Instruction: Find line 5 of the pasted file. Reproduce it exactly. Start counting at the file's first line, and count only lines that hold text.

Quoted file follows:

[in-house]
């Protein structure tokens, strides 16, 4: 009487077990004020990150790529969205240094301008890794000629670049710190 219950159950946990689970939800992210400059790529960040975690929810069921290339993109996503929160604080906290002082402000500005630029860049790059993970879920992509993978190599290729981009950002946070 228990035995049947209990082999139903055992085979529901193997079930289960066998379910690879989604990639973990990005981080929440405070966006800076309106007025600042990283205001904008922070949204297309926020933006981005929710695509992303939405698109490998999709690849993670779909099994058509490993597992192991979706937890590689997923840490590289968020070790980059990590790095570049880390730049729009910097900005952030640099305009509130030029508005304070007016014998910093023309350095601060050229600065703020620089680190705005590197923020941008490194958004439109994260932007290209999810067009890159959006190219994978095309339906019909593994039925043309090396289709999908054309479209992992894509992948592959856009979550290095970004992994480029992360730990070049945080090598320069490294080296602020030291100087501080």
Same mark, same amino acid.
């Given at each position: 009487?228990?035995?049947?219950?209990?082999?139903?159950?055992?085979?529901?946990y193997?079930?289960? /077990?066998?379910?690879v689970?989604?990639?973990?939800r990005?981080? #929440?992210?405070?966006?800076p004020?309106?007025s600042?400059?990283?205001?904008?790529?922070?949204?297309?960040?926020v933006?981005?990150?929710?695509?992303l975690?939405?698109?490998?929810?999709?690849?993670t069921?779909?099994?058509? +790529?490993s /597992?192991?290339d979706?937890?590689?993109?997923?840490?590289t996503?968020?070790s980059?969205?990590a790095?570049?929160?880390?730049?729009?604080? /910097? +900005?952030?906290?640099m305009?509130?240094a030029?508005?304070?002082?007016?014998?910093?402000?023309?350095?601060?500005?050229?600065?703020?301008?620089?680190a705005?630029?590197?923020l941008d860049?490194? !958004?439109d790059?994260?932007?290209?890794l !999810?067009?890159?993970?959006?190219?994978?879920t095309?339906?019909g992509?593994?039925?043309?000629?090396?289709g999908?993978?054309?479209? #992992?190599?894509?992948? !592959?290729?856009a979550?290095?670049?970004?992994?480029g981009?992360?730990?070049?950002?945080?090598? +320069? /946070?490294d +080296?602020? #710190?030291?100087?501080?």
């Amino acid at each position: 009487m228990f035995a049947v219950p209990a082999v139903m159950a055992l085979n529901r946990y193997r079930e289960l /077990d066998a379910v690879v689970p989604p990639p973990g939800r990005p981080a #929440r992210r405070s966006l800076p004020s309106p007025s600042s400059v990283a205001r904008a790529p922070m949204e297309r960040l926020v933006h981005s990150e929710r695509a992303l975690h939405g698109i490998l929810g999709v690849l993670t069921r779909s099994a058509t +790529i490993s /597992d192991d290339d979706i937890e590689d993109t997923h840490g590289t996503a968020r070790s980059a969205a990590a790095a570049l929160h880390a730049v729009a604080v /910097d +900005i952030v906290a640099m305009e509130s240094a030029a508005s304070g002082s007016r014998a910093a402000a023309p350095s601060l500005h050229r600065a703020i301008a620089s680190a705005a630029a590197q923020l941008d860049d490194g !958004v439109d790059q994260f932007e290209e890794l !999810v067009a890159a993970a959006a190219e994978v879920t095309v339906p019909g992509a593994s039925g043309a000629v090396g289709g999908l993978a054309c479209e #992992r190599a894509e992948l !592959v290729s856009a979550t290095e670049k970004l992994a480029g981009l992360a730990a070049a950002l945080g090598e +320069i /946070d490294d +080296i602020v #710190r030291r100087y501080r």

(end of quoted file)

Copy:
């Amino acid at each position: 009487m228990f035995a049947v219950p209990a082999v139903m159950a055992l085979n529901r946990y193997r079930e289960l /077990d066998a379910v690879v689970p989604p990639p973990g939800r990005p981080a #929440r992210r405070s966006l800076p004020s309106p007025s600042s400059v990283a205001r904008a790529p922070m949204e297309r960040l926020v933006h981005s990150e929710r695509a992303l975690h939405g698109i490998l929810g999709v690849l993670t069921r779909s099994a058509t +790529i490993s /597992d192991d290339d979706i937890e590689d993109t997923h840490g590289t996503a968020r070790s980059a969205a990590a790095a570049l929160h880390a730049v729009a604080v /910097d +900005i952030v906290a640099m305009e509130s240094a030029a508005s304070g002082s007016r014998a910093a402000a023309p350095s601060l500005h050229r600065a703020i301008a620089s680190a705005a630029a590197q923020l941008d860049d490194g !958004v439109d790059q994260f932007e290209e890794l !999810v067009a890159a993970a959006a190219e994978v879920t095309v339906p019909g992509a593994s039925g043309a000629v090396g289709g999908l993978a054309c479209e #992992r190599a894509e992948l !592959v290729s856009a979550t290095e670049k970004l992994a480029g981009l992360a730990a070049a950002l945080g090598e +320069i /946070d490294d +080296i602020v #710190r030291r100087y501080r």